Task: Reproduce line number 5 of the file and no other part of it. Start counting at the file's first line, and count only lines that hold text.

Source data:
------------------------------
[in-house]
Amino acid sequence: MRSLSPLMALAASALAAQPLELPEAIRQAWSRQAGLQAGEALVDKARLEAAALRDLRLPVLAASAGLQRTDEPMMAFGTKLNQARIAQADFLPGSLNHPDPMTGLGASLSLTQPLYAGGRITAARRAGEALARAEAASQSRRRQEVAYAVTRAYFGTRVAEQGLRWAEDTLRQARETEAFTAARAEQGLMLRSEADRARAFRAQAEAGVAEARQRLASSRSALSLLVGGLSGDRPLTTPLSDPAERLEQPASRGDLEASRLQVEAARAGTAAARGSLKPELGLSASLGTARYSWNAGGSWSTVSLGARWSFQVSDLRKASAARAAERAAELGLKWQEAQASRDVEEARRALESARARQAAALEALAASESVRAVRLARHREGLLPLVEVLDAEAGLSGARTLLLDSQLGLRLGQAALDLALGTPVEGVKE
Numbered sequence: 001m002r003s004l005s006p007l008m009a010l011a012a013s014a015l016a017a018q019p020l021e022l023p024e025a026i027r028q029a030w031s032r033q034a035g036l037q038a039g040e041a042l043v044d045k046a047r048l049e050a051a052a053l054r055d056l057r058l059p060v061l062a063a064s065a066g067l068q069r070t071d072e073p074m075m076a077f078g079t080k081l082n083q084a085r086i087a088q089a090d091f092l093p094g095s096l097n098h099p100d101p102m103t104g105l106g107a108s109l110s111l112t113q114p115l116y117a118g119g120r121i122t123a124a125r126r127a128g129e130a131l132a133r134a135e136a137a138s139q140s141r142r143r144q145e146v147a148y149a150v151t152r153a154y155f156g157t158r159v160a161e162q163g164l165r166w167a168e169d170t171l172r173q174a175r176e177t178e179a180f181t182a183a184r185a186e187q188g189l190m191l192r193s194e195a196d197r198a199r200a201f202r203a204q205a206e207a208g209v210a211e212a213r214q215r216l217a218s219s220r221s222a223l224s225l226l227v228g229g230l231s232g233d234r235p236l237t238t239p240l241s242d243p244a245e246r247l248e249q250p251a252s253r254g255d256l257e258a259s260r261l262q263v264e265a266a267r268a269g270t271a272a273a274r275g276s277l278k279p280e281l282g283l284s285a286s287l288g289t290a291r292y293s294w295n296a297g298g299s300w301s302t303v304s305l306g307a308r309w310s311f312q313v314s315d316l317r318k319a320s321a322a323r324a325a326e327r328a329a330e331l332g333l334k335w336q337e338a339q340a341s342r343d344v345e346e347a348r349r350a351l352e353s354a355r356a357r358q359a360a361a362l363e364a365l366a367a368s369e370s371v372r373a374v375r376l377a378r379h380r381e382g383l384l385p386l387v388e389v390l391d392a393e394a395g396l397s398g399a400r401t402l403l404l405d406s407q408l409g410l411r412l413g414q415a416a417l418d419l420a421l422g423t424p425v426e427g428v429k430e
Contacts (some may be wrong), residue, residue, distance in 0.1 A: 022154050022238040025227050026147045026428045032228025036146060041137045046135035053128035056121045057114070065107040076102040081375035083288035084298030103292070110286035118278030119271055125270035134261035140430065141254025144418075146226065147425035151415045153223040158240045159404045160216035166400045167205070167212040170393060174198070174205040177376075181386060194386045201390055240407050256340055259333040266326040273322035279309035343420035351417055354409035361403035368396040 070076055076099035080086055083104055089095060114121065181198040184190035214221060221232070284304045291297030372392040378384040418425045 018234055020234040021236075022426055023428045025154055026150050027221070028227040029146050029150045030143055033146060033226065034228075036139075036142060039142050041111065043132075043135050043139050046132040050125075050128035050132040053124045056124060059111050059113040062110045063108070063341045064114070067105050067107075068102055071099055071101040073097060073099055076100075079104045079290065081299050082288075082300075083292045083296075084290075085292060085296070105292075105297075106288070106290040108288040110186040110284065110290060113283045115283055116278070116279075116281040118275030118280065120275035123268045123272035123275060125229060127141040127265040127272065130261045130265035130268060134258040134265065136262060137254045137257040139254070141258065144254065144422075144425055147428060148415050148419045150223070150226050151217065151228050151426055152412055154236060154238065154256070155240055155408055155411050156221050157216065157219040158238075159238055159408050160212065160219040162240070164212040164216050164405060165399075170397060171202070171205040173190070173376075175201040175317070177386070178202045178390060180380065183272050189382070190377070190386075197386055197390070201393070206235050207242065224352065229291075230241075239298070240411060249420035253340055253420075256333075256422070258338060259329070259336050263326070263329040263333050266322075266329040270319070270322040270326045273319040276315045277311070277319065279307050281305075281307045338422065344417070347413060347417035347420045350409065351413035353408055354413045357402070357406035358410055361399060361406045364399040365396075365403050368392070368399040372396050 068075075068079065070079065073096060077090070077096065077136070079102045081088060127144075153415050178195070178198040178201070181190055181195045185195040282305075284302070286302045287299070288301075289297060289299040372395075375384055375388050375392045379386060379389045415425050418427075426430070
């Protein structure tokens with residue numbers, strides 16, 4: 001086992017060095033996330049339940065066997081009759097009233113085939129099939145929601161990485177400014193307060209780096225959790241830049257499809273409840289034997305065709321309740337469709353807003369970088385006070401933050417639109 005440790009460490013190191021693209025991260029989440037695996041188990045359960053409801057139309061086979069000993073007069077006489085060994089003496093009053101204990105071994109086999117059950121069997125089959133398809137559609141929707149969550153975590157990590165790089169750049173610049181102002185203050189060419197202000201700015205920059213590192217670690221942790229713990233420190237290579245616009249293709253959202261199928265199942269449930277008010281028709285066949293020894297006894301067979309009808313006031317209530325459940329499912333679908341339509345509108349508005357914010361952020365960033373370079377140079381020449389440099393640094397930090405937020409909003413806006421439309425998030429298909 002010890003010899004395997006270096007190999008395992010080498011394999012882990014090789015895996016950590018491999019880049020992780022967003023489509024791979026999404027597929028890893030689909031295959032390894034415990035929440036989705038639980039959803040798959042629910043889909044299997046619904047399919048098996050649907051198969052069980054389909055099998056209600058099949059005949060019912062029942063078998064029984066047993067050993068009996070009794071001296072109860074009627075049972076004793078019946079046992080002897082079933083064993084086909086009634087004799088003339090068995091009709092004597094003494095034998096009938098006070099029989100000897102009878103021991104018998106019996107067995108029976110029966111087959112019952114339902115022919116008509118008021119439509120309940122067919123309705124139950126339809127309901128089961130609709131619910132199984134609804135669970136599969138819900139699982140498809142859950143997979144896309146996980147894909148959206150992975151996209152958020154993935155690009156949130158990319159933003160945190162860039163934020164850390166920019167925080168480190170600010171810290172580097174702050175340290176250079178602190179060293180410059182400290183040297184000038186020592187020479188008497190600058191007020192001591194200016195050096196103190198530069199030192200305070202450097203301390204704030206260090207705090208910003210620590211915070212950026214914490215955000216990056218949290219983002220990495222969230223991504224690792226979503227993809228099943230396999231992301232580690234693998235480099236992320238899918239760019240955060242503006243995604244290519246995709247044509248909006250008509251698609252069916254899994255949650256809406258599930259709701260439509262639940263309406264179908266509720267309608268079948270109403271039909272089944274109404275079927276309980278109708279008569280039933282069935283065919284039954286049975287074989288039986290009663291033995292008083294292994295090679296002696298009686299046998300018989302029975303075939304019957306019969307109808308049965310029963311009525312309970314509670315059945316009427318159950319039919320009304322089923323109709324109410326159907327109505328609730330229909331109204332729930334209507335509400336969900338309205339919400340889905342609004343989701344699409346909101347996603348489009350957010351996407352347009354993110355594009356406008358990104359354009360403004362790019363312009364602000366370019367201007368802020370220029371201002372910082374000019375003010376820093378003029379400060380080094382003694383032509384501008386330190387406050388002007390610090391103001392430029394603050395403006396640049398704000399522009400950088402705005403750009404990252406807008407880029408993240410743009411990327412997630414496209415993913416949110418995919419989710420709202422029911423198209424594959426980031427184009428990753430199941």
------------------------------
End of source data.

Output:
């Protein structure tokens with residue numbers, strides 16, 4: 001086992017060095033996330049339940065066997081009759097009233113085939129099939145929601161990485177400014193307060209780096225959790241830049257499809273409840289034997305065709321309740337469709353807003369970088385006070401933050417639109 005440790009460490013190191021693209025991260029989440037695996041188990045359960053409801057139309061086979069000993073007069077006489085060994089003496093009053101204990105071994109086999117059950121069997125089959133398809137559609141929707149969550153975590157990590165790089169750049173610049181102002185203050189060419197202000201700015205920059213590192217670690221942790229713990233420190237290579245616009249293709253959202261199928265199942269449930277008010281028709285066949293020894297006894301067979309009808313006031317209530325459940329499912333679908341339509345509108349508005357914010361952020365960033373370079377140079381020449389440099393640094397930090405937020409909003413806006421439309425998030429298909 002010890003010899004395997006270096007190999008395992010080498011394999012882990014090789015895996016950590018491999019880049020992780022967003023489509024791979026999404027597929028890893030689909031295959032390894034415990035929440036989705038639980039959803040798959042629910043889909044299997046619904047399919048098996050649907051198969052069980054389909055099998056209600058099949059005949060019912062029942063078998064029984066047993067050993068009996070009794071001296072109860074009627075049972076004793078019946079046992080002897082079933083064993084086909086009634087004799088003339090068995091009709092004597094003494095034998096009938098006070099029989100000897102009878103021991104018998106019996107067995108029976110029966111087959112019952114339902115022919116008509118008021119439509120309940122067919123309705124139950126339809127309901128089961130609709131619910132199984134609804135669970136599969138819900139699982140498809142859950143997979144896309146996980147894909148959206150992975151996209152958020154993935155690009156949130158990319159933003160945190162860039163934020164850390166920019167925080168480190170600010171810290172580097174702050175340290176250079178602190179060293180410059182400290183040297184000038186020592187020479188008497190600058191007020192001591194200016195050096196103190198530069199030192200305070202450097203301390204704030206260090207705090208910003210620590211915070212950026214914490215955000216990056218949290219983002220990495222969230223991504224690792226979503227993809228099943230396999231992301232580690234693998235480099236992320238899918239760019240955060242503006243995604244290519246995709247044509248909006250008509251698609252069916254899994255949650256809406258599930259709701260439509262639940263309406264179908266509720267309608268079948270109403271039909272089944274109404275079927276309980278109708279008569280039933282069935283065919284039954286049975287074989288039986290009663291033995292008083294292994295090679296002696298009686299046998300018989302029975303075939304019957306019969307109808308049965310029963311009525312309970314509670315059945316009427318159950319039919320009304322089923323109709324109410326159907327109505328609730330229909331109204332729930334209507335509400336969900338309205339919400340889905342609004343989701344699409346909101347996603348489009350957010351996407352347009354993110355594009356406008358990104359354009360403004362790019363312009364602000366370019367201007368802020370220029371201002372910082374000019375003010376820093378003029379400060380080094382003694383032509384501008386330190387406050388002007390610090391103001392430029394603050395403006396640049398704000399522009400950088402705005403750009404990252406807008407880029408993240410743009411990327412997630414496209415993913416949110418995919419989710420709202422029911423198209424594959426980031427184009428990753430199941």